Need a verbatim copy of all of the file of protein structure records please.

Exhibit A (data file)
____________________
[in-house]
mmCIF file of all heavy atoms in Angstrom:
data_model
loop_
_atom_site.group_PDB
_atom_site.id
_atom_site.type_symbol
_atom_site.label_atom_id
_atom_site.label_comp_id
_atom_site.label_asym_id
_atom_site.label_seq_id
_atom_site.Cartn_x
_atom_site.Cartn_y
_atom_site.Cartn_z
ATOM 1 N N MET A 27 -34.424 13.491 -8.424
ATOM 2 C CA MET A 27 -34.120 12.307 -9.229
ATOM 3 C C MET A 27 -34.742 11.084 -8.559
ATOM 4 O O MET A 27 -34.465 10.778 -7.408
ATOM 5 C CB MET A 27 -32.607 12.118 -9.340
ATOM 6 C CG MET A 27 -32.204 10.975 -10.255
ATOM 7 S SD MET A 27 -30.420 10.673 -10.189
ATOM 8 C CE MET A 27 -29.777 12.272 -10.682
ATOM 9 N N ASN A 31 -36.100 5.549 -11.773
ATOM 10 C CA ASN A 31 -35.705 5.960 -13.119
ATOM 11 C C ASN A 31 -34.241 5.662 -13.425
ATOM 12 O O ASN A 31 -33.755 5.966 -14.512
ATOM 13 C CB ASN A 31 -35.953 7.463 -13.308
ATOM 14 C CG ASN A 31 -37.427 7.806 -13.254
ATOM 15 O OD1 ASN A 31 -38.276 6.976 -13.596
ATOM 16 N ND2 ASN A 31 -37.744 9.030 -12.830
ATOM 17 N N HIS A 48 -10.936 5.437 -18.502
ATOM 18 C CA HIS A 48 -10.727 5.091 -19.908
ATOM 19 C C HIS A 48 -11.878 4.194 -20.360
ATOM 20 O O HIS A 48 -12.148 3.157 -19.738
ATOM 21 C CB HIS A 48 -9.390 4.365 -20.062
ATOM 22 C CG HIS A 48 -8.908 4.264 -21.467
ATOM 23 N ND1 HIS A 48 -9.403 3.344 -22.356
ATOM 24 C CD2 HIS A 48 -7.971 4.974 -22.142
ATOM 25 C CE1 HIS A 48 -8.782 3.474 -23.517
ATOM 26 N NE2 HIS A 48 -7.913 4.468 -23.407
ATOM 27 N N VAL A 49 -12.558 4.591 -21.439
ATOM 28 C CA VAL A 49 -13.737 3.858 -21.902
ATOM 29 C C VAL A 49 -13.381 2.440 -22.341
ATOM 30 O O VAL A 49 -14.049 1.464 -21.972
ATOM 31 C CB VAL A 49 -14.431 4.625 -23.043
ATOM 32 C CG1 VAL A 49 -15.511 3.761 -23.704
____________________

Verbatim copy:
[in-house]
mmCIF file of all heavy atoms in Angstrom:
data_model
loop_
_atom_site.group_PDB
_atom_site.id
_atom_site.type_symbol
_atom_site.label_atom_id
_atom_site.label_comp_id
_atom_site.label_asym_id
_atom_site.label_seq_id
_atom_site.Cartn_x
_atom_site.Cartn_y
_atom_site.Cartn_z
ATOM 1 N N MET A 27 -34.424 13.491 -8.424
ATOM 2 C CA MET A 27 -34.120 12.307 -9.229
ATOM 3 C C MET A 27 -34.742 11.084 -8.559
ATOM 4 O O MET A 27 -34.465 10.778 -7.408
ATOM 5 C CB MET A 27 -32.607 12.118 -9.340
ATOM 6 C CG MET A 27 -32.204 10.975 -10.255
ATOM 7 S SD MET A 27 -30.420 10.673 -10.189
ATOM 8 C CE MET A 27 -29.777 12.272 -10.682
ATOM 9 N N ASN A 31 -36.100 5.549 -11.773
ATOM 10 C CA ASN A 31 -35.705 5.960 -13.119
ATOM 11 C C ASN A 31 -34.241 5.662 -13.425
ATOM 12 O O ASN A 31 -33.755 5.966 -14.512
ATOM 13 C CB ASN A 31 -35.953 7.463 -13.308
ATOM 14 C CG ASN A 31 -37.427 7.806 -13.254
ATOM 15 O OD1 ASN A 31 -38.276 6.976 -13.596
ATOM 16 N ND2 ASN A 31 -37.744 9.030 -12.830
ATOM 17 N N HIS A 48 -10.936 5.437 -18.502
ATOM 18 C CA HIS A 48 -10.727 5.091 -19.908
ATOM 19 C C HIS A 48 -11.878 4.194 -20.360
ATOM 20 O O HIS A 48 -12.148 3.157 -19.738
ATOM 21 C CB HIS A 48 -9.390 4.365 -20.062
ATOM 22 C CG HIS A 48 -8.908 4.264 -21.467
ATOM 23 N ND1 HIS A 48 -9.403 3.344 -22.356
ATOM 24 C CD2 HIS A 48 -7.971 4.974 -22.142
ATOM 25 C CE1 HIS A 48 -8.782 3.474 -23.517
ATOM 26 N NE2 HIS A 48 -7.913 4.468 -23.407
ATOM 27 N N VAL A 49 -12.558 4.591 -21.439
ATOM 28 C CA VAL A 49 -13.737 3.858 -21.902
ATOM 29 C C VAL A 49 -13.381 2.440 -22.341
ATOM 30 O O VAL A 49 -14.049 1.464 -21.972
ATOM 31 C CB VAL A 49 -14.431 4.625 -23.043
ATOM 32 C CG1 VAL A 49 -15.511 3.761 -23.704